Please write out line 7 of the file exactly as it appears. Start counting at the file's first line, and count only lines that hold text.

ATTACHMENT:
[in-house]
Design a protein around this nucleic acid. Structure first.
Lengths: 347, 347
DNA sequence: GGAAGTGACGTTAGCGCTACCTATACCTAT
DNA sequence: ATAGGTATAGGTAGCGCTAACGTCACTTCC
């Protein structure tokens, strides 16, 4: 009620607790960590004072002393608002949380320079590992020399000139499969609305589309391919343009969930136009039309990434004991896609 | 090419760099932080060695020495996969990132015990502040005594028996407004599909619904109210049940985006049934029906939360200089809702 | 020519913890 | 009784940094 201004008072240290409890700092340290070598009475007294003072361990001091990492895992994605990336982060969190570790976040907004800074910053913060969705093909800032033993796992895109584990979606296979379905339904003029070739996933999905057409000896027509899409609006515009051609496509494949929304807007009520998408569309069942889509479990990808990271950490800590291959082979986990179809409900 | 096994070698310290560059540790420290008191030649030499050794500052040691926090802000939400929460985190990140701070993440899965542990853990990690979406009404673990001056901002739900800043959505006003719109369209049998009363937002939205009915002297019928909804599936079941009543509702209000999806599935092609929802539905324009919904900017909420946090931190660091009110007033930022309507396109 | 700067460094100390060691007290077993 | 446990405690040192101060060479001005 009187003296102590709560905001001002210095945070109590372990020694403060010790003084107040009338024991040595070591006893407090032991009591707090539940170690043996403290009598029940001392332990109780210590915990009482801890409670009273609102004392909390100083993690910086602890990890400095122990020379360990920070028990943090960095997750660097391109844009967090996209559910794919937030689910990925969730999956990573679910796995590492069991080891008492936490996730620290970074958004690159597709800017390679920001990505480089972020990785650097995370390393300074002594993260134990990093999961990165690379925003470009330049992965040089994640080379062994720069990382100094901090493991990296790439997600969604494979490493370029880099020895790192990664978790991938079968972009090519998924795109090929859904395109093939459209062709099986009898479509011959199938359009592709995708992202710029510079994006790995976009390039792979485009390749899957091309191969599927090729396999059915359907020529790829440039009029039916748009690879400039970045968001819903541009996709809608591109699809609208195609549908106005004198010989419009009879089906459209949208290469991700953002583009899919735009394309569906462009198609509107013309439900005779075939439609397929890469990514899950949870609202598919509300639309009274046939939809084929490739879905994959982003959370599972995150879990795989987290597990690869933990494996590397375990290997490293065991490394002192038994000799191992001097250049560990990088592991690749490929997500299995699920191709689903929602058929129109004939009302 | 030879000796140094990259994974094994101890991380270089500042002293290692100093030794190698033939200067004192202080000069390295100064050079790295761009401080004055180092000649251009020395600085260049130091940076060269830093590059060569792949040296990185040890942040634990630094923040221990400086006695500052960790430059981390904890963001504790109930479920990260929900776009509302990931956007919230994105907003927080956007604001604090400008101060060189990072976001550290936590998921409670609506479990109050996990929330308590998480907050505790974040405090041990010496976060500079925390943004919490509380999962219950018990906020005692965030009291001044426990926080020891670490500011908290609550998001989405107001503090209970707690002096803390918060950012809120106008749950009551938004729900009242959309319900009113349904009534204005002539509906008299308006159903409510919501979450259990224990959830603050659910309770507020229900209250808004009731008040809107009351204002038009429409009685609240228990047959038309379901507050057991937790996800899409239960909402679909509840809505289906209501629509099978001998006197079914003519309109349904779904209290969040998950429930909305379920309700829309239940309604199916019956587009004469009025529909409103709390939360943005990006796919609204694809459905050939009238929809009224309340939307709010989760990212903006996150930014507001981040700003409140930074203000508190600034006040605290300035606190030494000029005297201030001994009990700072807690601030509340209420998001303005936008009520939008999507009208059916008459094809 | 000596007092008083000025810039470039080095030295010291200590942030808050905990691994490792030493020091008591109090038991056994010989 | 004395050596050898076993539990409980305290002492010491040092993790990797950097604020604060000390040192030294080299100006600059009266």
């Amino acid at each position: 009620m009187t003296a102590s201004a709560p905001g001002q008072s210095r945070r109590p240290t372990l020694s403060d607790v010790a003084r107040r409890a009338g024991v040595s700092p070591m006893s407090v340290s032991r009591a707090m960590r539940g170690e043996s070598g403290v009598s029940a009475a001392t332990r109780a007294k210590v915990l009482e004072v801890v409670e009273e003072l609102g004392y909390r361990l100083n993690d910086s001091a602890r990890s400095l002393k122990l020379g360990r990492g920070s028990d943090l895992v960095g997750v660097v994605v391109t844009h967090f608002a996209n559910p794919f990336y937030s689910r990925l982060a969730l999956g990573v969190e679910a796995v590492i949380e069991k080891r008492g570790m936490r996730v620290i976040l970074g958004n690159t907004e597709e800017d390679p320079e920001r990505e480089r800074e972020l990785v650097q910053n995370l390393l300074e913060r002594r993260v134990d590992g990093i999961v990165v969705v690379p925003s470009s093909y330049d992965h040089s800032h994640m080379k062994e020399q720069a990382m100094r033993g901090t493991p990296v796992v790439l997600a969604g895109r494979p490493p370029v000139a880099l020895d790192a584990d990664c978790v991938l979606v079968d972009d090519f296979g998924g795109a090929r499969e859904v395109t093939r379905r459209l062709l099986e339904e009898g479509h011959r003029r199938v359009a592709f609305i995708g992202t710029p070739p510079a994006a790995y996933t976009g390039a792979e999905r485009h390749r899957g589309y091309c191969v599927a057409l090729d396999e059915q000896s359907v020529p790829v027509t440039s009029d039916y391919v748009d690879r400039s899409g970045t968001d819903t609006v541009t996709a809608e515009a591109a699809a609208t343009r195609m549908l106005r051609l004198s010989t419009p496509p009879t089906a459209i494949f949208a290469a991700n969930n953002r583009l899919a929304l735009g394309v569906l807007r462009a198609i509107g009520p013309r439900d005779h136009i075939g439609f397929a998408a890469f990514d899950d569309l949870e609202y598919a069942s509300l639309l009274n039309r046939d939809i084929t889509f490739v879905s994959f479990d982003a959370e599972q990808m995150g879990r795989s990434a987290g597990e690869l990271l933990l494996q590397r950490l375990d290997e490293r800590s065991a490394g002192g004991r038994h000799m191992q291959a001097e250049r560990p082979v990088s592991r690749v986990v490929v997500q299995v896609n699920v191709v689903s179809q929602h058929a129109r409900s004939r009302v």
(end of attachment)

């Amino acid at each position: 009620m009187t003296a102590s201004a709560p905001g001002q008072s210095r945070r109590p240290t372990l020694s403060d607790v010790a003084r107040r409890a009338g024991v040595s700092p070591m006893s407090v340290s032991r009591a707090m960590r539940g170690e043996s070598g403290v009598s029940a009475a001392t332990r109780a007294k210590v915990l009482e004072v801890v409670e009273e003072l609102g004392y909390r361990l100083n993690d910086s001091a602890r990890s400095l002393k122990l020379g360990r990492g920070s028990d943090l895992v960095g997750v660097v994605v391109t844009h967090f608002a996209n559910p794919f990336y937030s689910r990925l982060a969730l999956g990573v969190e679910a796995v590492i949380e069991k080891r008492g570790m936490r996730v620290i976040l970074g958004n690159t907004e597709e800017d390679p320079e920001r990505e480089r800074e972020l990785v650097q910053n995370l390393l300074e913060r002594r993260v134990d590992g990093i999961v990165v969705v690379p925003s470009s093909y330049d992965h040089s800032h994640m080379k062994e020399q720069a990382m100094r033993g901090t493991p990296v796992v790439l997600a969604g895109r494979p490493p370029v000139a880099l020895d790192a584990d990664c978790v991938l979606v079968d972009d090519f296979g998924g795109a090929r499969e859904v395109t093939r379905r459209l062709l099986e339904e009898g479509h011959r003029r199938v359009a592709f609305i995708g992202t710029p070739p510079a994006a790995y996933t976009g390039a792979e999905r485009h390749r899957g589309y091309c191969v599927a057409l090729d396999e059915q000896s359907v020529p790829v027509t440039s009029d039916y391919v748009d690879r400039s899409g970045t968001d819903t609006v541009t996709a809608e515009a591109a699809a609208t343009r195609m549908l106005r051609l004198s010989t419009p496509p009879t089906a459209i494949f949208a290469a991700n969930n953002r583009l899919a929304l735009g394309v569906l807007r462009a198609i509107g009520p013309r439900d005779h136009i075939g439609f397929a998408a890469f990514d899950d569309l949870e609202y598919a069942s509300l639309l009274n039309r046939d939809i084929t889509f490739v879905s994959f479990d982003a959370e599972q990808m995150g879990r795989s990434a987290g597990e690869l990271l933990l494996q590397r950490l375990d290997e490293r800590s065991a490394g002192g004991r038994h000799m191992q291959a001097e250049r560990p082979v990088s592991r690749v986990v490929v997500q299995v896609n699920v191709v689903s179809q929602h058929a129109r409900s004939r009302v």